Question re: when to get steroids

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Question re: when to get steroids

Postby carolew » Sat Nov 05, 2005 8:50 am

I would like your advice/opinion on this.
When do you decide that you will ask your neuro for steroids? I know they say that if a new or old symptom stays for 10 days, that this is probably a flare up.
But, I have had weeks in the past where my leg was not the greatest and then, things would get back to normal without treatment, like mini-attacks
I guess, by using just common sense, one could say that once the symptoms are very disturbing, it is time to ask for help.
How do you decide?? :?:
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Postby Melody » Sat Nov 05, 2005 10:52 am

When the side effects no longer seem all that bad IMO.

Multiple Sclerosis Treatment
From Sarah Beaubien,
Your Guide to Multiple Sclerosis.
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Steroids for Acute Exacerbations
Overview of Steroids as Multiple Sclerosis Treatment
If a person is experiencing an acute exacerbation then a steroid infusion may be a suggested multiple sclerosis treatment. Corticosteroids relieve inflammation and close the blood brain barrier, which can often have a positive effect on the MS symptoms. (Corticosteroids are not the same as anabolic steroids often used illegally by athletes.)


Generally, doctors will recommend a four-day course of high-dose steroids such methylprednisolone given intravenously followed by a tapering of an oral dose as multiple sclerosis treatment. The most common methylprednisolone is Solu-Medrol. Recently, however, there is an extreme shortage of Solu-Medrol in the United States, so most medical facilities are using Decadron instead. The most common type of oral steroid for multiple sclerosis treatment is Prednisone.


Where is Multiple Sclerosis Treatment Administered?
Depending on the condition of the patient, steroids for multiple sclerosis treatment may be administered at a hospital or an infusion clinic. If treatment is given at an outpatient clinic, the patient should allot several hours: one hour for check-in and arrangements and another full hour for the drip. Bring a good book!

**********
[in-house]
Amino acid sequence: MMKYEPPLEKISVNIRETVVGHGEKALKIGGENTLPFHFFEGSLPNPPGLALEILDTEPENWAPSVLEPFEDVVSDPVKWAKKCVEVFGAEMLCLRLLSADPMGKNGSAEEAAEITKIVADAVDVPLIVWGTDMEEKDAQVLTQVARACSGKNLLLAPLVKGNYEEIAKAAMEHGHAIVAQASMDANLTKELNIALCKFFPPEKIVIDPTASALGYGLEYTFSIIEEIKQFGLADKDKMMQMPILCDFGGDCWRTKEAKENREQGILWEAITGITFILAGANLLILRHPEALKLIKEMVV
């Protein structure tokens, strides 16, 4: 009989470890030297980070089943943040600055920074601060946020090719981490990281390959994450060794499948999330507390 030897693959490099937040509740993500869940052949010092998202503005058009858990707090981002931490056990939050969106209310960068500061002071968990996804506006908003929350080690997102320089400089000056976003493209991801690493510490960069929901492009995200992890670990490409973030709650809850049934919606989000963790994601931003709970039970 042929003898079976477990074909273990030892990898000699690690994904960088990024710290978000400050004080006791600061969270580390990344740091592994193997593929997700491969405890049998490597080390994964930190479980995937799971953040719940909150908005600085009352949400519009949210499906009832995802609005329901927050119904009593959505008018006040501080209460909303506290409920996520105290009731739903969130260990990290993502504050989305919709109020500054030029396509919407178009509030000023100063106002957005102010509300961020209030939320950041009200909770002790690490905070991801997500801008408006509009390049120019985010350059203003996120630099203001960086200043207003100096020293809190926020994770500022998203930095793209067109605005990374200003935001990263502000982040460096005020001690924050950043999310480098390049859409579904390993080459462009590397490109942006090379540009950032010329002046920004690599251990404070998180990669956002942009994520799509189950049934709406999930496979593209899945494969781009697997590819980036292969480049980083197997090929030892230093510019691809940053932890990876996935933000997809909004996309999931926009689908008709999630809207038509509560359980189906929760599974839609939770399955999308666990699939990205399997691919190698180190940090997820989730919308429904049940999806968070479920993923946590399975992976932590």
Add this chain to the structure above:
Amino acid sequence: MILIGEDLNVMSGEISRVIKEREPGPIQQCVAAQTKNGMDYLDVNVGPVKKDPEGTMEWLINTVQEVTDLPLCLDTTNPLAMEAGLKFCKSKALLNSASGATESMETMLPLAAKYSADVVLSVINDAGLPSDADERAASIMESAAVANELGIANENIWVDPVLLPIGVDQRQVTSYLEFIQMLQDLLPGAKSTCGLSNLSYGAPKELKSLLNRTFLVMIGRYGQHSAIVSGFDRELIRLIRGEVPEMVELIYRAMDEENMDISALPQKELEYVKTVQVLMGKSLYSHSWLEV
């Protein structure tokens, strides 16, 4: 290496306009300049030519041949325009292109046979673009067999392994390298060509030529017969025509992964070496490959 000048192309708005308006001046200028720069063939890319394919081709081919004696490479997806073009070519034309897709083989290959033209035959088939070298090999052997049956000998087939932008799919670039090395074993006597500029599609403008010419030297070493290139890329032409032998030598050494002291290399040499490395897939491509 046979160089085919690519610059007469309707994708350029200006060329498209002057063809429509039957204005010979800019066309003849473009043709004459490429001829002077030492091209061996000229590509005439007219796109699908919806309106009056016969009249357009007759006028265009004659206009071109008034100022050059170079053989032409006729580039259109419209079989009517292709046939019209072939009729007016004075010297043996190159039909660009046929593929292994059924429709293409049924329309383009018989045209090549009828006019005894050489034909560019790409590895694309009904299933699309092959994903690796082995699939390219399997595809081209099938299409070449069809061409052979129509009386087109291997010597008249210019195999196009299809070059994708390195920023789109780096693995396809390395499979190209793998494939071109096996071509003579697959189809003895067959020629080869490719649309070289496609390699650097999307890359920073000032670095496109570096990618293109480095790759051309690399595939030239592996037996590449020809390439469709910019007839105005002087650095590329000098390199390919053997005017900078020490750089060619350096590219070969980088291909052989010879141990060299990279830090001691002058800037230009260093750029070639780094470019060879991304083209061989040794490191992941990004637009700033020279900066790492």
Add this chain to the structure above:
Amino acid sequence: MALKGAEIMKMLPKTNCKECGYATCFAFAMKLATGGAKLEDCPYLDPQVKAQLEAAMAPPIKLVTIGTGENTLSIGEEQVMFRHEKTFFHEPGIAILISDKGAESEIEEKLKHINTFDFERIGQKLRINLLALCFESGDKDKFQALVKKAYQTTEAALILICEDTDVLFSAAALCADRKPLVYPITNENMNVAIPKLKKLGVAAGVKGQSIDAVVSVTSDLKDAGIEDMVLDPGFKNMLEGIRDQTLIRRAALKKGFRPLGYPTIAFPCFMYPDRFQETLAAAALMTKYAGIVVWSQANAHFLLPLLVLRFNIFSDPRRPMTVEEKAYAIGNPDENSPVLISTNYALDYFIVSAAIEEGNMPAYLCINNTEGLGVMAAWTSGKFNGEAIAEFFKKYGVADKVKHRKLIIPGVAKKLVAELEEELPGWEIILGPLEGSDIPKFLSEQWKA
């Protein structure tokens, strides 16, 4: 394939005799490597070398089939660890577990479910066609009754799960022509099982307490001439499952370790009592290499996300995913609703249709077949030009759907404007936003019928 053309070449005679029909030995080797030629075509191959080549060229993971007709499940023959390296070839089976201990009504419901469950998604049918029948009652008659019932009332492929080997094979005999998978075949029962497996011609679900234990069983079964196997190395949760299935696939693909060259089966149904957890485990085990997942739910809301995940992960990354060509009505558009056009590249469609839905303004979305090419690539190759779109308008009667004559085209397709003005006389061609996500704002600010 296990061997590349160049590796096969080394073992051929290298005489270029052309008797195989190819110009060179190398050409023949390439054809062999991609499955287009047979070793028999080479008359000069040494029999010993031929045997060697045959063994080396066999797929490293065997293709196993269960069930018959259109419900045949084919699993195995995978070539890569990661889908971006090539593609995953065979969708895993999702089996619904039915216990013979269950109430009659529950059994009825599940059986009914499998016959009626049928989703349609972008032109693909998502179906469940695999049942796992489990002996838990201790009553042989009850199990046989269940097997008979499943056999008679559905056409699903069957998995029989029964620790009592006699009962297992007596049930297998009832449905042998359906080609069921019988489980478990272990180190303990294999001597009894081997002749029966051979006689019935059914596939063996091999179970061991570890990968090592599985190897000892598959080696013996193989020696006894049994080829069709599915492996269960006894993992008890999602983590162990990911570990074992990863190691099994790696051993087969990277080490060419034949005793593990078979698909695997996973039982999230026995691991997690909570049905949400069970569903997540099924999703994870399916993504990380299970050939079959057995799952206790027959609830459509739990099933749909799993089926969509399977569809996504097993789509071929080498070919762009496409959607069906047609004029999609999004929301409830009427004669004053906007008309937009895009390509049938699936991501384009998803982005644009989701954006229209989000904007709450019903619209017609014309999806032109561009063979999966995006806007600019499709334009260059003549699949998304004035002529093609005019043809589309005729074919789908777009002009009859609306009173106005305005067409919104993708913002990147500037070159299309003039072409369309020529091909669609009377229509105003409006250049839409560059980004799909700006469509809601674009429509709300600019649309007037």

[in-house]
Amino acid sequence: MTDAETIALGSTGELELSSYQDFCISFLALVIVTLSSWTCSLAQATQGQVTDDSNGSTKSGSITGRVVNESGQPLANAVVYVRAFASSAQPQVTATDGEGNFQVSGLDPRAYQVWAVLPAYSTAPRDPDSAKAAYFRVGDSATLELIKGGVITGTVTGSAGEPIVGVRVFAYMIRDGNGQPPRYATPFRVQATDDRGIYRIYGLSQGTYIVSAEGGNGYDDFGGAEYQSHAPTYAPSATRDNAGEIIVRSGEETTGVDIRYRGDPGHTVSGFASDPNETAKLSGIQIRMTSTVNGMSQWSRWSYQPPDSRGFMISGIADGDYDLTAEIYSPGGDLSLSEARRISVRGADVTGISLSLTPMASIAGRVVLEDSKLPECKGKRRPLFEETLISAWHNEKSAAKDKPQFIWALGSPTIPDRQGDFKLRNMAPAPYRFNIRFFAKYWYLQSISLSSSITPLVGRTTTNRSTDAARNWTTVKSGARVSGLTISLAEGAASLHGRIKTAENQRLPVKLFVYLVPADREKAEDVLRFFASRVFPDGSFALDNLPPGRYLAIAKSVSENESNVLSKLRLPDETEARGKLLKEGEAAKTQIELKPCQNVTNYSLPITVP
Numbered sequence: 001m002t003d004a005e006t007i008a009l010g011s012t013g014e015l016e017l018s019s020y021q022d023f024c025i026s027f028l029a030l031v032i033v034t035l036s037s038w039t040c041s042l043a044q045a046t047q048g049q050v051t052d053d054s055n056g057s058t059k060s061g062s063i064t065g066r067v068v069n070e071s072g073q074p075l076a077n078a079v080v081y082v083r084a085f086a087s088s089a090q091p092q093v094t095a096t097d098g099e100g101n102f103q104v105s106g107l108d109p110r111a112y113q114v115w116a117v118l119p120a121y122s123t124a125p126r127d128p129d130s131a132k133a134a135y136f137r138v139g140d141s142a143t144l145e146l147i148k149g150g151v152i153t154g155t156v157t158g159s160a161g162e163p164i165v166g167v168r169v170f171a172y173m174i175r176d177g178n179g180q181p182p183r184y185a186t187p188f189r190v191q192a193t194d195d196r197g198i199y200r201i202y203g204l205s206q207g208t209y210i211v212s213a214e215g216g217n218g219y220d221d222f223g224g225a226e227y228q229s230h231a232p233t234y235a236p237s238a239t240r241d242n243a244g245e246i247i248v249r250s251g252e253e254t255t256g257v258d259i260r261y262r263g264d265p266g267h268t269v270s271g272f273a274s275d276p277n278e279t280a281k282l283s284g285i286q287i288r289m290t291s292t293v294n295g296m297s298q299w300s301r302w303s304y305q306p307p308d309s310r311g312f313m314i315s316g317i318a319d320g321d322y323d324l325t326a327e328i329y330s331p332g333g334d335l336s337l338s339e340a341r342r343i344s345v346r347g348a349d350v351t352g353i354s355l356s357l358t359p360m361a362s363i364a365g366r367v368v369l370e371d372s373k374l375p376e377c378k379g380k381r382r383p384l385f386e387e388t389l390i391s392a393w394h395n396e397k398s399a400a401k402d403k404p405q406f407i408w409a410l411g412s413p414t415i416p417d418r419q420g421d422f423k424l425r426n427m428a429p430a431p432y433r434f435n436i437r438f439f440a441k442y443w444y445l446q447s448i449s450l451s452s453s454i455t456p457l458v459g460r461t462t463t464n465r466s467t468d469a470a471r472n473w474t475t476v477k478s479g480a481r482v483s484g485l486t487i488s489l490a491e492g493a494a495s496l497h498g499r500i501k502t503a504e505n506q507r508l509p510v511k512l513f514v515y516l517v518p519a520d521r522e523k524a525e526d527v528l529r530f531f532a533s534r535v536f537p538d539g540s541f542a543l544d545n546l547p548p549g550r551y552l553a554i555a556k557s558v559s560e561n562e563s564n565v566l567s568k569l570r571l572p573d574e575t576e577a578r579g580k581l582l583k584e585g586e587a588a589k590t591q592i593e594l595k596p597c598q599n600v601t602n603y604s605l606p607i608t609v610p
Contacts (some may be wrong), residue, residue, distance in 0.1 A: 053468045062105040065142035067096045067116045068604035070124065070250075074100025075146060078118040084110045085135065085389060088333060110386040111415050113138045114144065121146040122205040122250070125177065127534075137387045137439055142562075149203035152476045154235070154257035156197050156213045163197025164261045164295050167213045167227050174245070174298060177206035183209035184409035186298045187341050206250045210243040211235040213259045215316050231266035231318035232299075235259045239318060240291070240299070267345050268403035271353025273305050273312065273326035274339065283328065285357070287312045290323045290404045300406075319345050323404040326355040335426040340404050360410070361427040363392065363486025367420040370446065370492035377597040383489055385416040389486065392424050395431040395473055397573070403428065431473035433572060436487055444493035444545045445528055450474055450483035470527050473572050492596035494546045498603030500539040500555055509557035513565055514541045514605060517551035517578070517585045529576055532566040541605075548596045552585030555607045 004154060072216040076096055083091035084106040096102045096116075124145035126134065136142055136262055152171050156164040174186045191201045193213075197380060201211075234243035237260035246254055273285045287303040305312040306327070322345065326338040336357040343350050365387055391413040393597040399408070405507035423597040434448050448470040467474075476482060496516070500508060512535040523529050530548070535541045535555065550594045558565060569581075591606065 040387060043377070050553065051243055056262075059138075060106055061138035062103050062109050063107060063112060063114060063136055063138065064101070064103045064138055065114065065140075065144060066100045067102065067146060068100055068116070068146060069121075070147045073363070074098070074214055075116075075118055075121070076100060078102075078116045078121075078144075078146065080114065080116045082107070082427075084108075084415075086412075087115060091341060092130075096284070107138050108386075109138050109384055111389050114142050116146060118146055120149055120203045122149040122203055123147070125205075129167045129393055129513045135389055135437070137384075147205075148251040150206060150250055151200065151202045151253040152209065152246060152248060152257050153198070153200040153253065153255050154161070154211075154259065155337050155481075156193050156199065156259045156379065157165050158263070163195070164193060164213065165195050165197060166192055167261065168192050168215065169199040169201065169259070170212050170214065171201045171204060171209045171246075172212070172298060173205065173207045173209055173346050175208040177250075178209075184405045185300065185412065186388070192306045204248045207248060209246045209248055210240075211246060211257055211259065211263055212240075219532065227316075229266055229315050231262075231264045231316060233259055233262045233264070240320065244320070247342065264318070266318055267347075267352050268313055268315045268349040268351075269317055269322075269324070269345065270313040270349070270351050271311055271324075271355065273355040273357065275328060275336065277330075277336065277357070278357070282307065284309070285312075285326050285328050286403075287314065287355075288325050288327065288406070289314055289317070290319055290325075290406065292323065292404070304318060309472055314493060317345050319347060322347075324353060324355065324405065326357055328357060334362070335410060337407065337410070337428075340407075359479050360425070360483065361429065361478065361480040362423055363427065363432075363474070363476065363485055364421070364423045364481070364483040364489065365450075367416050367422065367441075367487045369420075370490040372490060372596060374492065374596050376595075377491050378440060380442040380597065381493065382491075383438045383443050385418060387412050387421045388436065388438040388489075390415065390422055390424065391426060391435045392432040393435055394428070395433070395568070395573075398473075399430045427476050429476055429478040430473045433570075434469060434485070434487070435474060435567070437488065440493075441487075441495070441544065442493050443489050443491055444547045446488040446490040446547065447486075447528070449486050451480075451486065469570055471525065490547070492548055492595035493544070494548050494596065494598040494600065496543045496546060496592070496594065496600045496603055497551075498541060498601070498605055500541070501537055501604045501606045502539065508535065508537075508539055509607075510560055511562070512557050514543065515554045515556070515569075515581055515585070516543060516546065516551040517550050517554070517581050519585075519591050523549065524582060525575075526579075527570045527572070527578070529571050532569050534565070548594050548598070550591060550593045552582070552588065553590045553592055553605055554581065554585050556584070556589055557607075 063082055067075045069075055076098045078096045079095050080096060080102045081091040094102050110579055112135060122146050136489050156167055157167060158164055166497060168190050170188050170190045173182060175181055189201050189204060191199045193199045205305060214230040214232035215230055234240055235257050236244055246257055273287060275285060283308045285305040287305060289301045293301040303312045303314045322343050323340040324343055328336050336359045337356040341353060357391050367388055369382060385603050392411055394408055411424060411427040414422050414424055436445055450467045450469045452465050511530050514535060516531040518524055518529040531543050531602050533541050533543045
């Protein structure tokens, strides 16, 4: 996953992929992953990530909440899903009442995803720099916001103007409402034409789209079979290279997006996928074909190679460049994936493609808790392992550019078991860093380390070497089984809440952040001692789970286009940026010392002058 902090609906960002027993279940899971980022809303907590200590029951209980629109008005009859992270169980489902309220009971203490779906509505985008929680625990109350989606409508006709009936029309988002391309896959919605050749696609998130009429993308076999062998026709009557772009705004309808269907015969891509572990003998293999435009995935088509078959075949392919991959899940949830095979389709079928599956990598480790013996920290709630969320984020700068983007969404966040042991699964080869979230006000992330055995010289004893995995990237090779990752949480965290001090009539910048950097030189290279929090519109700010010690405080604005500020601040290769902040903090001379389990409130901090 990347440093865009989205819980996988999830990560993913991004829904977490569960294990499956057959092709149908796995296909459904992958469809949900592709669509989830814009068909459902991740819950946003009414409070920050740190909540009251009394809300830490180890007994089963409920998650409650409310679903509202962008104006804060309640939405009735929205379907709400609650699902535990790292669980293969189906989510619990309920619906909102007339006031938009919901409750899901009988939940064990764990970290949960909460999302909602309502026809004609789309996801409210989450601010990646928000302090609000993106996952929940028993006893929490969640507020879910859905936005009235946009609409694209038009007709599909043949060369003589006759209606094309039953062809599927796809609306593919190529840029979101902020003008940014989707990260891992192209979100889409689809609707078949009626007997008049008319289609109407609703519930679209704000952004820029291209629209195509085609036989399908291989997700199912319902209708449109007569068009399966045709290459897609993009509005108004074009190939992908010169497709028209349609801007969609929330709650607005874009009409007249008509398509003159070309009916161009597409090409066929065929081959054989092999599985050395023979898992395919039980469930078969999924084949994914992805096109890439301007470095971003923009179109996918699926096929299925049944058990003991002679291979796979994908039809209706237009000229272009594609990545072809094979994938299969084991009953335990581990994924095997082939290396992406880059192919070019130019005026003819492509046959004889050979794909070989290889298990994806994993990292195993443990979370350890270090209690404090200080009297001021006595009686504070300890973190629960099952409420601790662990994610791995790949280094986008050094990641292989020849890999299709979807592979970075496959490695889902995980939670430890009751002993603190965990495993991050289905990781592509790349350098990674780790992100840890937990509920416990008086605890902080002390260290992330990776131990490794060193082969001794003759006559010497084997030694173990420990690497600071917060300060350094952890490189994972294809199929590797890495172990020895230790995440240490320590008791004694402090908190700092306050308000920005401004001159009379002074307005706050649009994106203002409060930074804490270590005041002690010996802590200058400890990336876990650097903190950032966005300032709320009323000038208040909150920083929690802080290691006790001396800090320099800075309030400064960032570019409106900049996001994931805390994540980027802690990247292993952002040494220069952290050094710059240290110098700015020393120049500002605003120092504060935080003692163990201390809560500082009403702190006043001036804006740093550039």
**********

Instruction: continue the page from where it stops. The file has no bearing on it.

Side Effects of Steriods as Multiple Sclerosis Treatment
Before receiving steroids for multiple sclerosis treatment, patients should be aware of the side effects and should arrange to be under the supervision of a physician. Some of the side effects include difficult sleeping, mood swings, water retention, elevated blood sugar, acne, indigestion and acid reflux, and irritability.


To counteract these side effects, doctors may prescribe pills for insomnia and stomach difficulties before the multiple sclerosis treatment begins. During and after the treatment, it is also important to maintain a diet low in salt because the steroids cause water retention and a diet high in potassium because the steroids deplete the body of potassium. Additionally, the treatment may lower immunity, so it is critical to communicate if any infection is suspected.


Healthcare professionals claim that there are few differences between Solu-Medrol and Decadron. Patients who have received both types of treatment may notice that with Decadron there is less hyperactivity, less heartburn, and no metallic taste in the mouth. There is speculation that Solu-Medrol is a more effective, but the outcome depends on the person who is receiving treatment.


According to the National Multiple Sclerosis Society, “The side effects of long-term continuous steroid use are serious and well-documented. These include stomach ulcers, weight gain, acne, cataracts, osteoporosis (thinning of the bones), deterioration of the head of the thigh bone, and chemical diabetes.” Talk to your doctor about these risks and what habits will help prevent them before receiving multiple sclerosis treatment.
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John was diagnosed Jan 2005. On lipitor 20mg .On Copaxone since July 4,2005. Vitamin D3 2000iu-4000iu (depending on sunshine months)June 10 2005(RX::Dr. O'Connor) Omega 3 as well Turmeric since April 2005. Q10 60mg. 1500mg liquid Glucosamine Nov 2005.
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Postby carolew » Sat Nov 05, 2005 12:59 pm

Thanks Melody plus, that site is very interesting and had some good advice. Carole
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Postby kareng7 » Wed Nov 09, 2005 8:04 pm

BTW, if you decide to go on a steroid and need an infusion, ask your doctor to check with your insurance company (assuming you have insurance) or check with them directly to compare the cost of going into the doc's office or a clinic for infusion vs. having a hospice nurse come to your home to administer it.

When I had solumedrol for three days, my neuro recommended home care because she said, in her experience, it wasn't that much different cost-wise. And believe me, it was well worth it to be able to have someone come administer it in my own so I could just rest in bed.
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Postby carolew » Sat Nov 12, 2005 6:52 am

I am very fortunate because I live in Canada so these costs are much less but thanks for taking the time to advise me. Carole
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